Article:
Let's think about what you might be able to do to hasten your son's learning this important skill of falling asleep without rocking. First, he needs to learn how to relax physically since until now he has depended on rocking for this. Massaging him would probably be helpful. I particularly recommend light rubbing on the acupressure release points that help release emotions: the top of the head, the corner of the eyebrow near the nose, the center of the bone under the eye, the center of the upper lip between the lip and the nose, the chin crease (above the chin, under the lower lip), the inside of the pinky finger near the tip, and the edge of the hand (the part you would use for a karate chop.) You can touch either side of the body. Each of these points in humans releases stress and emotion and helps us relax, so they are a great tool to teach anyone, particularly kids. You may notice your son yawn as you lightly touch one of these spots. That's a sign that his body is releasing stress and you can move on to the next spot.
It's also useful to use low light right through the bedtime routine, so that your son begins to produce melatonin, the night hormone, which makes him sleepy. I know some kids love night-lights, but my hyper-alert daughter would keep her eyes open if there was anything to see, so I made sure that her room was super-dark at night by forgoing a nightlight and choosing curtains that blocked out the light. They're a great investment for the early childhood years.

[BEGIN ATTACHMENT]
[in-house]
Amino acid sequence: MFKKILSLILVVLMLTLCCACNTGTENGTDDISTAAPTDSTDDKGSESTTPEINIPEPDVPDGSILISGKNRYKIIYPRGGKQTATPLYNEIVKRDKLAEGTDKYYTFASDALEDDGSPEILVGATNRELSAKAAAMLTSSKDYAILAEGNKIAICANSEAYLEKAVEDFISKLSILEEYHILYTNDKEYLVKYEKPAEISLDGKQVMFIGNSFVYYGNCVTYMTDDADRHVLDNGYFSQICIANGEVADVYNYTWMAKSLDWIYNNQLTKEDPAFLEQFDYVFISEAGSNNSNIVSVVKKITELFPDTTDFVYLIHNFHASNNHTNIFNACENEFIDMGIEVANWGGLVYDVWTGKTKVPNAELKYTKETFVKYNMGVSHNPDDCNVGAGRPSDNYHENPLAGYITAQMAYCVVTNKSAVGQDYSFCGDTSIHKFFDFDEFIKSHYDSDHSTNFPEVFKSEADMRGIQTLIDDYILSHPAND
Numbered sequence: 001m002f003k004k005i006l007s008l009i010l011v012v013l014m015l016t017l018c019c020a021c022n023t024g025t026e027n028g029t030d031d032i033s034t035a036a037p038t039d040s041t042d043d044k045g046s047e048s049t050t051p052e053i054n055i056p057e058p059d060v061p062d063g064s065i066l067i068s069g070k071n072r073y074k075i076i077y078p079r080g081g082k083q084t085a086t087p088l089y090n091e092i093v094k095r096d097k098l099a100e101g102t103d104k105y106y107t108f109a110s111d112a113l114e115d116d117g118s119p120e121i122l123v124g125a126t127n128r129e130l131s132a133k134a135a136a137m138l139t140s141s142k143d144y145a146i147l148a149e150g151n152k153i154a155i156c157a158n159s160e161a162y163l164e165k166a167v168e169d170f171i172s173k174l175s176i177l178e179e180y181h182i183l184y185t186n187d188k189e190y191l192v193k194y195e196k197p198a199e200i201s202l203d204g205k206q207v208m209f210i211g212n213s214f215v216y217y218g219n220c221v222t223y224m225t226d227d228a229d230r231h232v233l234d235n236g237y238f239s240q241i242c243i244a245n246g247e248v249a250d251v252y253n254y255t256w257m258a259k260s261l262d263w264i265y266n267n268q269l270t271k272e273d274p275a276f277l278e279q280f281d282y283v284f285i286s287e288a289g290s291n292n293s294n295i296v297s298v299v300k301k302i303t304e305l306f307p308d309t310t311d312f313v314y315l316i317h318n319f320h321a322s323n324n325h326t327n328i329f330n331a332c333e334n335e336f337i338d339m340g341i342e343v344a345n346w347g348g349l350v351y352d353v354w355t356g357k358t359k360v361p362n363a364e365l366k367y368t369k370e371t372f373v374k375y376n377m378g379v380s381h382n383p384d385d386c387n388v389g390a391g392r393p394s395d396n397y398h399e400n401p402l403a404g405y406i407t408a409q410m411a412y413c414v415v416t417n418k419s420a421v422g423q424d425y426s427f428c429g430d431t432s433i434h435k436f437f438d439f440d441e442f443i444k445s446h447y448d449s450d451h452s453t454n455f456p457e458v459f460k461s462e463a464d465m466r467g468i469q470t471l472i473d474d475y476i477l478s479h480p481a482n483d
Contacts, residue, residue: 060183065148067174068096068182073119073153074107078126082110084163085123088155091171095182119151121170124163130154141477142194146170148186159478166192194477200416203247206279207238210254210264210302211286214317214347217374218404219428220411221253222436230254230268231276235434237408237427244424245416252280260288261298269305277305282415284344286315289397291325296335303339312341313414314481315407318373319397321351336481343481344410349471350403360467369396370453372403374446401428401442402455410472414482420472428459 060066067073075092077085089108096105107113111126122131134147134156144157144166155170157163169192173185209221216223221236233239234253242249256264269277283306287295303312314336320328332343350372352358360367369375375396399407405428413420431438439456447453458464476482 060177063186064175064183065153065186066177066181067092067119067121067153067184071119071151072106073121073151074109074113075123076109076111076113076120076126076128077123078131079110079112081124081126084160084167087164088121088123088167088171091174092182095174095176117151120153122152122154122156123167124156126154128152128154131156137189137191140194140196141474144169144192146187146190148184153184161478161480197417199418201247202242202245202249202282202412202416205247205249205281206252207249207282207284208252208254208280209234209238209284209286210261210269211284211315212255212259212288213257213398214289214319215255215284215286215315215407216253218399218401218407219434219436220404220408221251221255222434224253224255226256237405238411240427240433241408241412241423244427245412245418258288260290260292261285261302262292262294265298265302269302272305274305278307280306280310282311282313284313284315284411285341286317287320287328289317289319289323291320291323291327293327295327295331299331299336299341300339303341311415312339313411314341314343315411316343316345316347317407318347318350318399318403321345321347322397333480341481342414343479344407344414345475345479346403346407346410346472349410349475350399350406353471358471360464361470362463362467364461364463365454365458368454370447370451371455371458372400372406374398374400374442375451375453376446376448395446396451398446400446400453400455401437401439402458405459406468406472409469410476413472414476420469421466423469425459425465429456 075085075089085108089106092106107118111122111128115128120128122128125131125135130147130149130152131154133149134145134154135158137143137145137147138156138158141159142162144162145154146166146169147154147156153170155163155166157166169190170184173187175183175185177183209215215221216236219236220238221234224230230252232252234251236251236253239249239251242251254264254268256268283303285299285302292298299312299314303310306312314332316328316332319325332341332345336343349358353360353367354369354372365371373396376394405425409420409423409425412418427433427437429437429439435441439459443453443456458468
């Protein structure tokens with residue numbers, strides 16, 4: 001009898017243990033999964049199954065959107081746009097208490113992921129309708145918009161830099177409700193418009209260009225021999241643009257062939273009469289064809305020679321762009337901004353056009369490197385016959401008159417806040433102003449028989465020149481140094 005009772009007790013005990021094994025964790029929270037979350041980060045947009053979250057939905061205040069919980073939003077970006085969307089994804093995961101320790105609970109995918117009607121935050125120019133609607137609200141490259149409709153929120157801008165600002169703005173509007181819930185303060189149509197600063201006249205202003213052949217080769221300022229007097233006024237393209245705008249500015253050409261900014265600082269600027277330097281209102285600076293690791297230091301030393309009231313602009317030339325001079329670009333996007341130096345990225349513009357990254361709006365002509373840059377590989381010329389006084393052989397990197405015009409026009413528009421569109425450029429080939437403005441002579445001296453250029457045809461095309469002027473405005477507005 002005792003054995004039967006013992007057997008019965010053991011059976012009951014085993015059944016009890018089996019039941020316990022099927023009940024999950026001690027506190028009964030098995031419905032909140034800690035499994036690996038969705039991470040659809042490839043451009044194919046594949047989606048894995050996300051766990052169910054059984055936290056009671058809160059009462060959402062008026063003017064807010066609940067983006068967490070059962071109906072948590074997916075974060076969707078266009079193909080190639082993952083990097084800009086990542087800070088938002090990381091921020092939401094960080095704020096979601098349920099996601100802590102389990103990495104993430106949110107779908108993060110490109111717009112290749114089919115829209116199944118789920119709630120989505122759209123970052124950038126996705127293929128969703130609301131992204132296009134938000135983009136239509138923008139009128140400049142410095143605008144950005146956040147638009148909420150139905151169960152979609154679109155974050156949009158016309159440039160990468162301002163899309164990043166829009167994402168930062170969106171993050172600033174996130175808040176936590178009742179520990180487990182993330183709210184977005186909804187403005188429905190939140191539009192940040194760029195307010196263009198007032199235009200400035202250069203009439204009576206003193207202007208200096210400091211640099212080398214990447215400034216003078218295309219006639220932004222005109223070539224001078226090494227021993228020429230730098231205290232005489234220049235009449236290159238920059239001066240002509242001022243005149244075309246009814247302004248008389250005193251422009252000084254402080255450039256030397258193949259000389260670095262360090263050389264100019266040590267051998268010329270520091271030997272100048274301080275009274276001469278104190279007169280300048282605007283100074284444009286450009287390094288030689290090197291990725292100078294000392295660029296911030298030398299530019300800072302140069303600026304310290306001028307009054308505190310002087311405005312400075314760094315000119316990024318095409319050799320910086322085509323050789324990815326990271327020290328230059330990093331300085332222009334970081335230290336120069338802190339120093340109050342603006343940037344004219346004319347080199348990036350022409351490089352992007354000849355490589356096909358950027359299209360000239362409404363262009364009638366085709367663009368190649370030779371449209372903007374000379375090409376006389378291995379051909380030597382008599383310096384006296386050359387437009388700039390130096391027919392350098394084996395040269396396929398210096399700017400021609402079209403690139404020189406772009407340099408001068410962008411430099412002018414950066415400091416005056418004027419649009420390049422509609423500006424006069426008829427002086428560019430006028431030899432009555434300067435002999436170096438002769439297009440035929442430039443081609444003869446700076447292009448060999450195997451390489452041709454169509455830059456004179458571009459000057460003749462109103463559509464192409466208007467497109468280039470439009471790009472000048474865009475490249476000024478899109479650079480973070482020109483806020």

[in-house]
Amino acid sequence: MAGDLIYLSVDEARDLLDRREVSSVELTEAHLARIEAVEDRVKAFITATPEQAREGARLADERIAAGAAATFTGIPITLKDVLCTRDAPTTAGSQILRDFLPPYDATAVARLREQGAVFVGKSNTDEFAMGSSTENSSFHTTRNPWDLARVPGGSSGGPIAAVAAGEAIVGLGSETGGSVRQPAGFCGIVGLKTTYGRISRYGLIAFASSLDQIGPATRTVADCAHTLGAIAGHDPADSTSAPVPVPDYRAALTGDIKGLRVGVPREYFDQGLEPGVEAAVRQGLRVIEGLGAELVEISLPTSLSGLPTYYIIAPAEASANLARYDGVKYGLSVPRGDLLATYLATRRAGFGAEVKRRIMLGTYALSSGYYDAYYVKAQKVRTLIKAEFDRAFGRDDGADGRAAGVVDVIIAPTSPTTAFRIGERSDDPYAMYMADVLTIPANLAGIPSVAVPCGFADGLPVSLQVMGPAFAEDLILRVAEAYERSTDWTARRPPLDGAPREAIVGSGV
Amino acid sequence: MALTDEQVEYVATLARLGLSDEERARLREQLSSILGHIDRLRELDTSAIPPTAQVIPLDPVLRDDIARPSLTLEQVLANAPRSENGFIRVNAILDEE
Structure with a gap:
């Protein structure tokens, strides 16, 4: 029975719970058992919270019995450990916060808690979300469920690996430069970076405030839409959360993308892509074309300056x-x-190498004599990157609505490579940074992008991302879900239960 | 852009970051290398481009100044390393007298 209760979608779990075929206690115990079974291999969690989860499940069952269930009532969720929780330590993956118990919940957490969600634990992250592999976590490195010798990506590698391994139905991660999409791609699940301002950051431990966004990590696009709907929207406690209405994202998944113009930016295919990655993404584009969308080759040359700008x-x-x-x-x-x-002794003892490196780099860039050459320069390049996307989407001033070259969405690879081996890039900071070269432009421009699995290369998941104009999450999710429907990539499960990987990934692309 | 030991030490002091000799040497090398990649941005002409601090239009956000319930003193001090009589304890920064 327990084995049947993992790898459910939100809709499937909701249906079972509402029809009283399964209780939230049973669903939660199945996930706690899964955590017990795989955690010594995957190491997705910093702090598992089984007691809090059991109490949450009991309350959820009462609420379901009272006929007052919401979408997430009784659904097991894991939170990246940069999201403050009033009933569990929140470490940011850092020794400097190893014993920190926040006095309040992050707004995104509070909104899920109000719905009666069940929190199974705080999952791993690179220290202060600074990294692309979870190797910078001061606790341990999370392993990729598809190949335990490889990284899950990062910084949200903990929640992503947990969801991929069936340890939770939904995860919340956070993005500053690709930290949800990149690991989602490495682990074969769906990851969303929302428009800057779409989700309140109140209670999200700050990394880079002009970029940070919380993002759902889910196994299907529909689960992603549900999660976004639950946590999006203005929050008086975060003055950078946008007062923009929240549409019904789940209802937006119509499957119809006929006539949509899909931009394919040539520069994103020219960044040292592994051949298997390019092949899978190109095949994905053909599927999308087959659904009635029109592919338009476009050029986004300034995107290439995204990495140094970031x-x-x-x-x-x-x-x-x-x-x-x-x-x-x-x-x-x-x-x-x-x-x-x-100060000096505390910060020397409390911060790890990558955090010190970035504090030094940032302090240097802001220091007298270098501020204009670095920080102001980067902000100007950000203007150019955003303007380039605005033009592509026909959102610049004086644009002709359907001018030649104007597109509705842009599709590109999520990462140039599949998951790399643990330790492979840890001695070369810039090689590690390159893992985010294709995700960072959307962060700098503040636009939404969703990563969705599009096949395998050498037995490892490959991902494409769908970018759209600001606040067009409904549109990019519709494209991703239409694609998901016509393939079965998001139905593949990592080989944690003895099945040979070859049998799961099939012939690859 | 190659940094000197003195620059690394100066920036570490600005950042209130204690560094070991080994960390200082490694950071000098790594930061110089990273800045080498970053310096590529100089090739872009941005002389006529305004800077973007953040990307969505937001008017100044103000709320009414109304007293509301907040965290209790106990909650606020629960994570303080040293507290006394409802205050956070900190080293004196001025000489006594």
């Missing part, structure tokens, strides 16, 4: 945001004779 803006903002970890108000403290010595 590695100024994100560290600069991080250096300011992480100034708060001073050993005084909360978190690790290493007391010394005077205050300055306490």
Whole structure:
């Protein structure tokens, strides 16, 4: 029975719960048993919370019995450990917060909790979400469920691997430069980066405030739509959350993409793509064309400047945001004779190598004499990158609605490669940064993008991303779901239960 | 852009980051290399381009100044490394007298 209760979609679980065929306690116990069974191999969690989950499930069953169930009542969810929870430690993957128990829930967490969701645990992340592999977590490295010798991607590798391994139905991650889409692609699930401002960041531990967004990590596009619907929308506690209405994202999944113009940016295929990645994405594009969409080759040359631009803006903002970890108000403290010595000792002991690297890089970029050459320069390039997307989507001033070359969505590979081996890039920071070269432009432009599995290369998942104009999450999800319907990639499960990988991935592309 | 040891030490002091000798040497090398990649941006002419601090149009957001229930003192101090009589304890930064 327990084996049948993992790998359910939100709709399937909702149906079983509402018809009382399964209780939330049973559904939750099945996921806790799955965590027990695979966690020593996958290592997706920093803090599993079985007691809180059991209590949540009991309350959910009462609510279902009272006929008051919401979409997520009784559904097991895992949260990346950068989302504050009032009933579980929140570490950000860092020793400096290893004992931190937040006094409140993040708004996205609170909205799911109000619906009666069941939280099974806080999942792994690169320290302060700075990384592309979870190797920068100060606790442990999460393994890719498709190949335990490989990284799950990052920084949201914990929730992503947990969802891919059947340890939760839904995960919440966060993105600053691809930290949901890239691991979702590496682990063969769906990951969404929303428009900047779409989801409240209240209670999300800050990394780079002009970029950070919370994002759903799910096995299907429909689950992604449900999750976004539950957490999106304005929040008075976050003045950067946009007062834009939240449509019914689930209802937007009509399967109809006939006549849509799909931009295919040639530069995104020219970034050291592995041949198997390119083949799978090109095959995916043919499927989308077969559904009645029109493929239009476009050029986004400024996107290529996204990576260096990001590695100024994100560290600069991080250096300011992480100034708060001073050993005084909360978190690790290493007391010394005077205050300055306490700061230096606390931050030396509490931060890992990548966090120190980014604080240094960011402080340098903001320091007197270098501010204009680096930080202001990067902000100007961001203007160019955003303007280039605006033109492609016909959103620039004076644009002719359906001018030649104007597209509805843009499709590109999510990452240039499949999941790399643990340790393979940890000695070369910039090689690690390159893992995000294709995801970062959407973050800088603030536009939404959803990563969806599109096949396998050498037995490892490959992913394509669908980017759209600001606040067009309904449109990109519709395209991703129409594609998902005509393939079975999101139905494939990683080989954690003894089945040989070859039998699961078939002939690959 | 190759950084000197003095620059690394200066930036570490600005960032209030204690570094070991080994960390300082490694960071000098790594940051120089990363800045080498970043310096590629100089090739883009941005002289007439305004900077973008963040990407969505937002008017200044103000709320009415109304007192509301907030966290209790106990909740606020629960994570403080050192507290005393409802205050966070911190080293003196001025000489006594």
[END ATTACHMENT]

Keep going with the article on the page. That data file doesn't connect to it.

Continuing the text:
I want to commend you for having a regular bedtime ritual, and for lights out at 7/7:30pm, which is probably before your son gets his second wind (that rush of adrenalin and cortisol that kids summon when we don't let them sleep when they first get tired.) You might keep in mind that if he is seeming more excited during bath and books, that could be adrenalin working, and he might need an even earlier bedtime. It is not unusual with kids this age to need lights out by 7pm, and I have heard of some very active kids who need a 6:30pm lights out. To find out, I would experiment with adjusting bedtime 15 minutes earlier for a few nights, and watch to see if he is any calmer.